Home > E. Pathology by systems > Nervous system > Central nervous system > Brain > mental retardations

mental retardations

Monday 23 January 2006

Nonsyndromic mental retardation is one of the most important unresolved problems in genetic health care. Autosomal forms are far more common than X-linked forms, but, in contrast to the latter, they are still largely unexplored.

Mental retardation (MR), defined as an intelligence quotient (IQ) below 70, is the most frequent serious handicap in children and young adults. Moderate to severe MR (IQ < 50) affects 1% of the population and this prevalence increases to 2-3% if mild MR is included (50 < IQ < 70).

MR can result from multiple causes including environmental factors, chromosomal anomalies, and monogenic disorders. Despite recent advances in cytogenetics and molecular genetics, the cause of the mental handicap remains unexplained in about 40% of cases.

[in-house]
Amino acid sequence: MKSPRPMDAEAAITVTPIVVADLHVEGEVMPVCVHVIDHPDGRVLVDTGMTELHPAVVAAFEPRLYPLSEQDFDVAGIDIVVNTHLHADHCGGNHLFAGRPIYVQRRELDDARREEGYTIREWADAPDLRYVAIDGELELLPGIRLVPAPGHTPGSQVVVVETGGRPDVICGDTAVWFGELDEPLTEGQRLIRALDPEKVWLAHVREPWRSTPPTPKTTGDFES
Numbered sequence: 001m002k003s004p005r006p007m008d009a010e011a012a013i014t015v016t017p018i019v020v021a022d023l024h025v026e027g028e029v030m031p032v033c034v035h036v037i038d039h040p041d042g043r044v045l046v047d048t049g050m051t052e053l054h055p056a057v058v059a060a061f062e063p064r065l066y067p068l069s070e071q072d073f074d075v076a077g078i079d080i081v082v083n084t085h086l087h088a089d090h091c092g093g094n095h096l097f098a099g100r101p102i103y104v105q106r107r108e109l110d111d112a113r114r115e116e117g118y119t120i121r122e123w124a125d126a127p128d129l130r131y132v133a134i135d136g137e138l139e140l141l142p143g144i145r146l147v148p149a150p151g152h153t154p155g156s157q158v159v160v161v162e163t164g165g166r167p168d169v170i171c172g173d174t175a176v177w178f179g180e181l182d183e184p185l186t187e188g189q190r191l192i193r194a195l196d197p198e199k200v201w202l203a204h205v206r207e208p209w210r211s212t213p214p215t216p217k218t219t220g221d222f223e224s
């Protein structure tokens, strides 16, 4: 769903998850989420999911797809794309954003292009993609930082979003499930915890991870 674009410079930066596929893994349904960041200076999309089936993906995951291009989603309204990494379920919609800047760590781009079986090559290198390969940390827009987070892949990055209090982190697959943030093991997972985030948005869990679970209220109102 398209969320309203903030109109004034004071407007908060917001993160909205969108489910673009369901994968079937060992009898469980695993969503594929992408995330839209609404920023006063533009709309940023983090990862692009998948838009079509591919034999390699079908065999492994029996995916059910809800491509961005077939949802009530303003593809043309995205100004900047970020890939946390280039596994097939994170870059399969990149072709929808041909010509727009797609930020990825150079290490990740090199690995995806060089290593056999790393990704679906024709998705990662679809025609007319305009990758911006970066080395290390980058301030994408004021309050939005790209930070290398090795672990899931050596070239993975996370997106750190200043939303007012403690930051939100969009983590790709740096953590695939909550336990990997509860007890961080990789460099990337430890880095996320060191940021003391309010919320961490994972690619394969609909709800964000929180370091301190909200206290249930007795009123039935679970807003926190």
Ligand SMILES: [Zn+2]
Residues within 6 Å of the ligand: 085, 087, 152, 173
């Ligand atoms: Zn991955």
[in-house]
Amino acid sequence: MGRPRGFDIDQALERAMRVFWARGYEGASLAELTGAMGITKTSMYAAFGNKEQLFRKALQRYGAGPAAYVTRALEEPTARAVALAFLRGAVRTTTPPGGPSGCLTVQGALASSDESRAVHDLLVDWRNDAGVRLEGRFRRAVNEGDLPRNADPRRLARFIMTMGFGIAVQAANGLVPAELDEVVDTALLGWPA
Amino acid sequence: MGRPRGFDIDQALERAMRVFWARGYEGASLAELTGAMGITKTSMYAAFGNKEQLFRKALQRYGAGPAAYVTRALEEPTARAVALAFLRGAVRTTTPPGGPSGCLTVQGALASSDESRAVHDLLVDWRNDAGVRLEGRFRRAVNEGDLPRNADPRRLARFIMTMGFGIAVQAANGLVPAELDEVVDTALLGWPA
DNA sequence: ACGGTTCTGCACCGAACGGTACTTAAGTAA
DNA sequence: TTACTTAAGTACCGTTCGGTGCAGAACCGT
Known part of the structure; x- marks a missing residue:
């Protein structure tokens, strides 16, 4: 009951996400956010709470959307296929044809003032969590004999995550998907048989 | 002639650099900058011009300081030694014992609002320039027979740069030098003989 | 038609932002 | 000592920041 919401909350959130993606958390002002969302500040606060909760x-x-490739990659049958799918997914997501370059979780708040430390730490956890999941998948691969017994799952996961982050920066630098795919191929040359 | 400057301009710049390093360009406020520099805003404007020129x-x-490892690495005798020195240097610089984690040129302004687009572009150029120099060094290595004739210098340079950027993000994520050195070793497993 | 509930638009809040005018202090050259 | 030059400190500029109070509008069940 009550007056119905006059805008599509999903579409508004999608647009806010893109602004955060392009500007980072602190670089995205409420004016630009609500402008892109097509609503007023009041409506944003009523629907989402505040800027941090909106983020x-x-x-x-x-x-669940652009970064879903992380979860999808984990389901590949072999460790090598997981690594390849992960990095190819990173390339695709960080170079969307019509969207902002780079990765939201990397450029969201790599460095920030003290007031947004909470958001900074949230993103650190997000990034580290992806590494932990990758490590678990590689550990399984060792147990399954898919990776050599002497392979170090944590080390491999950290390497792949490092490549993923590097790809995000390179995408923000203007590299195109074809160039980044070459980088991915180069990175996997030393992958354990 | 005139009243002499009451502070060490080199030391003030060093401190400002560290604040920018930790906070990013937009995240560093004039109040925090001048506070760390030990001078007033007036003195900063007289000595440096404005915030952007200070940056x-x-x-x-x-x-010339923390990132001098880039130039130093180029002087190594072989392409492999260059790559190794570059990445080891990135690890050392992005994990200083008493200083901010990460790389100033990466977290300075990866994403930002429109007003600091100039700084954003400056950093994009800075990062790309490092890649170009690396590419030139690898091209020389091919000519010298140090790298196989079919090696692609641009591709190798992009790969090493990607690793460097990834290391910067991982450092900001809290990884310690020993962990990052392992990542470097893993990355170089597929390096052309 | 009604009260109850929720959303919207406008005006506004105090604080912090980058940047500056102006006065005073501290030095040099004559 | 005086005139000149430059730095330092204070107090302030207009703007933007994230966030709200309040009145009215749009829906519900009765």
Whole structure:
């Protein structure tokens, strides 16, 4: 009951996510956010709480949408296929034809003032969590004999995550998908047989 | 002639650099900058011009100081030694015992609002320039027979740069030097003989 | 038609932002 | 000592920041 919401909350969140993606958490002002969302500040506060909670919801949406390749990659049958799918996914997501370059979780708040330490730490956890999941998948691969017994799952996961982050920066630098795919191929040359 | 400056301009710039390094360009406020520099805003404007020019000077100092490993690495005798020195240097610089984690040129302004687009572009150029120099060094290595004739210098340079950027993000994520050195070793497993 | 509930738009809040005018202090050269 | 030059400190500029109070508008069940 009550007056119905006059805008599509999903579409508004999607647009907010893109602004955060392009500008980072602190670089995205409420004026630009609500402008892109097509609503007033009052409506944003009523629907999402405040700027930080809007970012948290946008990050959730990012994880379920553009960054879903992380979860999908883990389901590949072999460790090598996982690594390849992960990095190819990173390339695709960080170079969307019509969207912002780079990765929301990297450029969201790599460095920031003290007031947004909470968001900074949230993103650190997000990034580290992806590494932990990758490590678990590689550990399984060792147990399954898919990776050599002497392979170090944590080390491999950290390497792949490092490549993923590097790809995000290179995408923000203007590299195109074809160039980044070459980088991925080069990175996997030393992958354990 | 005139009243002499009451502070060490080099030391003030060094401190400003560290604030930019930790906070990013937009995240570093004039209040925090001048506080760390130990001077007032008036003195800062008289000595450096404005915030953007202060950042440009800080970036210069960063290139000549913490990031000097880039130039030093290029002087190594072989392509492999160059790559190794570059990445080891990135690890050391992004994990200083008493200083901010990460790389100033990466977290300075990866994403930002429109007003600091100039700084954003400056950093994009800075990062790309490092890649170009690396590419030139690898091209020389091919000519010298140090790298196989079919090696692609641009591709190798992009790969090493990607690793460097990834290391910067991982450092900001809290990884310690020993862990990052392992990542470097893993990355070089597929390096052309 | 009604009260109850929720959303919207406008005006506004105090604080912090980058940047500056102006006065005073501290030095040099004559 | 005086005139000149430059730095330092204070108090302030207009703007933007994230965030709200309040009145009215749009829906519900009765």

Etiology

Taken together, chromosomal anomalies are believed to account for 4-28% of cases of MR.

Types

- autosomal
- X-linked
- CNV-associated mental retardation

References

- Schoumans J, Ruivenkamp C, Holmberg E, Kyllerman M, Anderlid BM, Nordenskjold M. Detection of chromosomal imbalances in children with idiopathic mental retardation by array based comparative genomic hybridisation (array-CGH). J Med Genet. 2005 Sep;42(9):699-705. PMID: 16141005

- Rosenberg C, Knijnenburg J, Bakker E, Vianna-Morgante AM, Sloos W, Otto PA, Kriek M, Hansson K, Krepischi-Santos AC, Fiegler H, Carter NP, Bijlsma EK, van Haeringen A, Szuhai K, Tanke HJ. Array-CGH detection of micro rearrangements in mentally retarded individuals: clinical significance of imbalances present both in affected children and normal parents. J Med Genet. 2006 Feb;43(2):180-6. PMID: 15980116